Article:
- $17 for one ticket for reserved seating (up to $26 value)
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Clifford the Big Red Dog Live!
It’s rare that one pet is shared by millions of children, but at over 25 tall, Clifford the Big Red Dog has plenty of love to go around. So it’s no surprise that kids around the world have enjoyed reading more than 126 million copies of his Clifford books, then seen the crimson canine come to life in his very own PBS series. Now, in his stage musical adventure, Clifford and company get a chance to make even more friends. Audiences join Clifford, his owner Emily Elizabeth, and friends on a journey to Bridwell Island to learn about Clifford’s “Be Big!” ideas: Share, Play Fair, Have Respect, Work Together, Be Responsible, Be Truthful, Be Kind, Help Others, Believe In Yourself, and Be A Good Friend. Along the way, they’ll stop to sing, dance, and make sure Clifford doesn’t accidentally step on anyone.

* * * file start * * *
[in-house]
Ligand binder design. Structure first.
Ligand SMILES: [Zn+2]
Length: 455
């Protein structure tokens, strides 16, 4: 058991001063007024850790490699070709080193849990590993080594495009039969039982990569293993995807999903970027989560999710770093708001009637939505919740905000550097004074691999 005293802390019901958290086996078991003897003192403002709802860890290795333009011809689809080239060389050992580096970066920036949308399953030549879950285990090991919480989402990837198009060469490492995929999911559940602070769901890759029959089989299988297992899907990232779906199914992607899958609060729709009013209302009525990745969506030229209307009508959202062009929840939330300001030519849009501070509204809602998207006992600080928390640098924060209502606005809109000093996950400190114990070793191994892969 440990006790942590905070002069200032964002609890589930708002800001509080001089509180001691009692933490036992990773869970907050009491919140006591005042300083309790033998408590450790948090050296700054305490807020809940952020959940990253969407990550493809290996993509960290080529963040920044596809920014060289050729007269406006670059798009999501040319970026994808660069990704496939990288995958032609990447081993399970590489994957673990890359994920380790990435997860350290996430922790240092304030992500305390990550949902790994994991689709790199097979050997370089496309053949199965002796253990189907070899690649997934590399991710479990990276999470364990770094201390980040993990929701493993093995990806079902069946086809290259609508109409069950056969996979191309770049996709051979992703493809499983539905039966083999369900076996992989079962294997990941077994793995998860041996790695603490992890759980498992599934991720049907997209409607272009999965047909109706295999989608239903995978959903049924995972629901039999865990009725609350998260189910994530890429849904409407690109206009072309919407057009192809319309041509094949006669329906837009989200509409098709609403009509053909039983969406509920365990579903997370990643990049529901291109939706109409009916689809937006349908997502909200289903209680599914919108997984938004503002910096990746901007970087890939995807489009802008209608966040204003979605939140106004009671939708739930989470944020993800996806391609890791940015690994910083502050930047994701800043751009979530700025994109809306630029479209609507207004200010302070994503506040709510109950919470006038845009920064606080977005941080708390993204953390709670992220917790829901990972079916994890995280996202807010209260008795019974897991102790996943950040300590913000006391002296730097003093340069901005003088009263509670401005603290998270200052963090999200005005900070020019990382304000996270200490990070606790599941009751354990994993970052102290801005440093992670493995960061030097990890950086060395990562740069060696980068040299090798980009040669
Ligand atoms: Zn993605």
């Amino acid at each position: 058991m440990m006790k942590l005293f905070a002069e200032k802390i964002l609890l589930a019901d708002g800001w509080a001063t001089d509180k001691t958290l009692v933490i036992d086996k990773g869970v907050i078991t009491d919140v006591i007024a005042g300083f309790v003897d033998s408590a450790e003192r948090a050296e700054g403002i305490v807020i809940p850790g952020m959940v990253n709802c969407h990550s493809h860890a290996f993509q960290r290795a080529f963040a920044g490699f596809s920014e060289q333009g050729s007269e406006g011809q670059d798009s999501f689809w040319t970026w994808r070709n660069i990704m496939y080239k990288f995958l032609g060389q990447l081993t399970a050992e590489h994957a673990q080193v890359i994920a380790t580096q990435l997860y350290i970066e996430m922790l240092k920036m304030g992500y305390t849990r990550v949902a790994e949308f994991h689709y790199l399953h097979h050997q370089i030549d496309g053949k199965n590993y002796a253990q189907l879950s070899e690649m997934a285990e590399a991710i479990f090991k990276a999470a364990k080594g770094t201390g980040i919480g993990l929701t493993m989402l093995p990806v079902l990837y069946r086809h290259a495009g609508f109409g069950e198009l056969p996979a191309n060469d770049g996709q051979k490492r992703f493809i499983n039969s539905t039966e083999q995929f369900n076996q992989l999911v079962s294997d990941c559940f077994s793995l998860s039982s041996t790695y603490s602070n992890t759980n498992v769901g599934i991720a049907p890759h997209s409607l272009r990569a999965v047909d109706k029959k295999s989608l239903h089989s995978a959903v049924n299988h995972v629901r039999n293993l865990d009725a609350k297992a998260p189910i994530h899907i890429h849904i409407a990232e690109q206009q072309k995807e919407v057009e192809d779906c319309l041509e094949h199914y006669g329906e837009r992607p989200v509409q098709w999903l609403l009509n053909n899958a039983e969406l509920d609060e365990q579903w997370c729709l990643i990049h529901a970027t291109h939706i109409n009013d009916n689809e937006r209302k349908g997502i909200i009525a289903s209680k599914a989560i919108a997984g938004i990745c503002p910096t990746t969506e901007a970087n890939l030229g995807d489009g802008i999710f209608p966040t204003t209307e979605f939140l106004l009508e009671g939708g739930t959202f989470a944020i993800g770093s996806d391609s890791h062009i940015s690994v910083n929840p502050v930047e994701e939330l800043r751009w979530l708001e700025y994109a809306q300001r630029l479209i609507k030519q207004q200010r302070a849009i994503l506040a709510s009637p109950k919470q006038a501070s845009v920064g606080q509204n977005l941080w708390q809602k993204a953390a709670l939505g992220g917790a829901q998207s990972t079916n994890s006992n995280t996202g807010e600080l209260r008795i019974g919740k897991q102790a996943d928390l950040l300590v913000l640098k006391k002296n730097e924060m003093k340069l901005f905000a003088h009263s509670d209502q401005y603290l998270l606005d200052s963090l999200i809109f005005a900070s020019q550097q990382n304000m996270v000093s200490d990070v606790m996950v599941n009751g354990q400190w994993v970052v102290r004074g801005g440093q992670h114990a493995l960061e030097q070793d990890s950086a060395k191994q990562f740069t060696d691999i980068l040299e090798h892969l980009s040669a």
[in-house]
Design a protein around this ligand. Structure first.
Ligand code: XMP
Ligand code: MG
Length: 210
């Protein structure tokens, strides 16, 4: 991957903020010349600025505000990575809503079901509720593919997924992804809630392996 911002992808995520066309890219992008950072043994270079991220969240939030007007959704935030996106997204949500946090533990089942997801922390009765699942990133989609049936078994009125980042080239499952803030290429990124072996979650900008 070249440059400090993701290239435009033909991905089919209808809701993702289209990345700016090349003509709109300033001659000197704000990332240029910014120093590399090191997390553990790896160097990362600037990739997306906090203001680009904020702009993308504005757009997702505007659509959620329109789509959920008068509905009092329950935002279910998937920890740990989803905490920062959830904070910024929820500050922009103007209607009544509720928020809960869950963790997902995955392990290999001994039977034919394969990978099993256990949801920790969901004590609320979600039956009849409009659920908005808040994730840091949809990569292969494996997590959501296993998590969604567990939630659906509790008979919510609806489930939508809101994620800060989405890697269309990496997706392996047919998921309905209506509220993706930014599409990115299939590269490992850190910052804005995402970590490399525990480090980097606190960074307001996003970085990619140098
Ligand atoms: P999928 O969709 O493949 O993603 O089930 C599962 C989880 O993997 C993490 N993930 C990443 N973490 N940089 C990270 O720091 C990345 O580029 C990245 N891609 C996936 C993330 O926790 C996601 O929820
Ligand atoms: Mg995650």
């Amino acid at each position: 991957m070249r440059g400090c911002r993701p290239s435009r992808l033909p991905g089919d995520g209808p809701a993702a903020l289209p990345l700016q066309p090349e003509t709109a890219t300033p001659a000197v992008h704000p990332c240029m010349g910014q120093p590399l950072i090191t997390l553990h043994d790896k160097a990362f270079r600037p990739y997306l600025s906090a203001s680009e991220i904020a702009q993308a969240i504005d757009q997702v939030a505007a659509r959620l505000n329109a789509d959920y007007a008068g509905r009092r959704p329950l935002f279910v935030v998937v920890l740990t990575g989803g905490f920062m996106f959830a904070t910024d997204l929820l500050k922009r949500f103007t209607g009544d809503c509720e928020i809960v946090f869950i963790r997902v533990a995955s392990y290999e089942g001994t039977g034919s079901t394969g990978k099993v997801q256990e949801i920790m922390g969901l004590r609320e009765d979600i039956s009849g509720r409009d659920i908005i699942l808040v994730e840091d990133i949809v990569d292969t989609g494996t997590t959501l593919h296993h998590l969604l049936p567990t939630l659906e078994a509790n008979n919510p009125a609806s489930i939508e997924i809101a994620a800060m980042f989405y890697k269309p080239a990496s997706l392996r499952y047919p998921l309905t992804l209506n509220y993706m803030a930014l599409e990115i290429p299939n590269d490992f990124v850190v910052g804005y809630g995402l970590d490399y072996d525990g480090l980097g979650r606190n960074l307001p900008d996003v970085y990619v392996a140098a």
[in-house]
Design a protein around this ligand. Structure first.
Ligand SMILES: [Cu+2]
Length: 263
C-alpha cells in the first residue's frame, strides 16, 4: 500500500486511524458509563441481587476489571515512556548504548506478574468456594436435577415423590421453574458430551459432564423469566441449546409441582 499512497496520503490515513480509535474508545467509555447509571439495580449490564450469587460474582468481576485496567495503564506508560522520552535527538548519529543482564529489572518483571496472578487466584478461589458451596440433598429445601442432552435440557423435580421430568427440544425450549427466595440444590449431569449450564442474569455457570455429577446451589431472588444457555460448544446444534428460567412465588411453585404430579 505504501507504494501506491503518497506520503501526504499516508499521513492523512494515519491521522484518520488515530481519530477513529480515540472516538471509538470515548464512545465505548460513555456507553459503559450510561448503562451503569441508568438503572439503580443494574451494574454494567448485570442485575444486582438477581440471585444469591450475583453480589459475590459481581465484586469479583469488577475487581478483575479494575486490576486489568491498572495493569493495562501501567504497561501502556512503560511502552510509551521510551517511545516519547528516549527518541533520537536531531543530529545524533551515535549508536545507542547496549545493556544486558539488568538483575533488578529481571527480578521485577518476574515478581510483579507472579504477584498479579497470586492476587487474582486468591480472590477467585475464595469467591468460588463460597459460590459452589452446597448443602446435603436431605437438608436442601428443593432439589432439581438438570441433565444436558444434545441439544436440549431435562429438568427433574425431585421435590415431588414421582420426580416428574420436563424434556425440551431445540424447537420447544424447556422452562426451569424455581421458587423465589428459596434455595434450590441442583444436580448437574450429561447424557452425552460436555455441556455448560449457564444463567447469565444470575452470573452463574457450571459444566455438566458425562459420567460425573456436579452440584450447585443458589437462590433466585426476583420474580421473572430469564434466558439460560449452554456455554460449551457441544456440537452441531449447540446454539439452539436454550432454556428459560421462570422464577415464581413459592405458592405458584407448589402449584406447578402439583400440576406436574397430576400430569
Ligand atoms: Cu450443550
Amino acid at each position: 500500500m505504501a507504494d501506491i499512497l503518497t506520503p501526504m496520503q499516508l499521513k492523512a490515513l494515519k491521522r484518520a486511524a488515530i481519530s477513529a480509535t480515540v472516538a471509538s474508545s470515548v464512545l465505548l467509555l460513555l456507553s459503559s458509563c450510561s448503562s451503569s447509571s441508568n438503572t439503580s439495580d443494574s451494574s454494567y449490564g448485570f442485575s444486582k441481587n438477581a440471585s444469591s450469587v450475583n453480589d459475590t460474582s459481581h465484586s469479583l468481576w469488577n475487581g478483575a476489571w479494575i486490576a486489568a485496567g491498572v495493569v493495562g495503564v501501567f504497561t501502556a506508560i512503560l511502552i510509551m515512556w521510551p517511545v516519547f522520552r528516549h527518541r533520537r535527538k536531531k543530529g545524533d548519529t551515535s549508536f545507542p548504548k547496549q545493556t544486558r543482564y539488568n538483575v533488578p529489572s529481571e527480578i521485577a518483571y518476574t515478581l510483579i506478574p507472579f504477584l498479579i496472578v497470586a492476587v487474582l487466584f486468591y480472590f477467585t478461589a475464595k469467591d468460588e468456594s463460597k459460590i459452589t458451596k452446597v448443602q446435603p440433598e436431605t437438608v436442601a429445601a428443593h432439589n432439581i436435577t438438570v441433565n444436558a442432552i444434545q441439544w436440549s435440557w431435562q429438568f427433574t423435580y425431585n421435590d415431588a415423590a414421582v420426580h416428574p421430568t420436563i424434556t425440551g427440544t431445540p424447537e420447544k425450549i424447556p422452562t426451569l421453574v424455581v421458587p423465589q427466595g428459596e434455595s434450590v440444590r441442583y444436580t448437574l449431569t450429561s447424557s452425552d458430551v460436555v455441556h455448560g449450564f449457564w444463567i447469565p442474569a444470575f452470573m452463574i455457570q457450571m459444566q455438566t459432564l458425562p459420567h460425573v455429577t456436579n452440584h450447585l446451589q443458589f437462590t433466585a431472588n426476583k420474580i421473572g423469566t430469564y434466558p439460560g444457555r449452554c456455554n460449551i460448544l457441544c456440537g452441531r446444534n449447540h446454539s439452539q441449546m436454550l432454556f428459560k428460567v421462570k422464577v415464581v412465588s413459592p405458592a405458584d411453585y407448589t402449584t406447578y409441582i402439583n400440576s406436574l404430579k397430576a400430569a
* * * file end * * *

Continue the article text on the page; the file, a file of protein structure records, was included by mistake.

There was no joy—or Puccini—in Millville when the Wilson Opera House burned to rubble in 1898. Thankfully for entertainment seekers, the Levoy Theatre rose from those ashes just 10 years later, starting out as a silent movie hall and vaudeville house in 1908. As with many theaters in the National Register of Historic Places, the Levoy witnessed vaudeville's demise when Warner Brothers turned it into a movie house in 1930. It saw great success throughout the '40s, but then suffered 36 years of vacancy during the age of the multiplexes. Then, in 1998, the Levoy Theater Preservation Society formed to save the landmark from extinction and restore its luster. Today, the marquee, facade, and interiors mirror the Levoy of the 1920s, and brand-new seats and a souped-up sound system help audiences forget about the world outside. The theater's diverse array of programming includes music concerts, dance productions, movies, and comedies, as well as dramas and musicals by The Off Broad Street Players, its resident theater company. But despite the times, the Levoy hasn't forgotten its roots, and at its 2013 reopening the silent films of Charles Chaplin and Buster Keaton graced the screen, accompanied by a ragtime orchestra.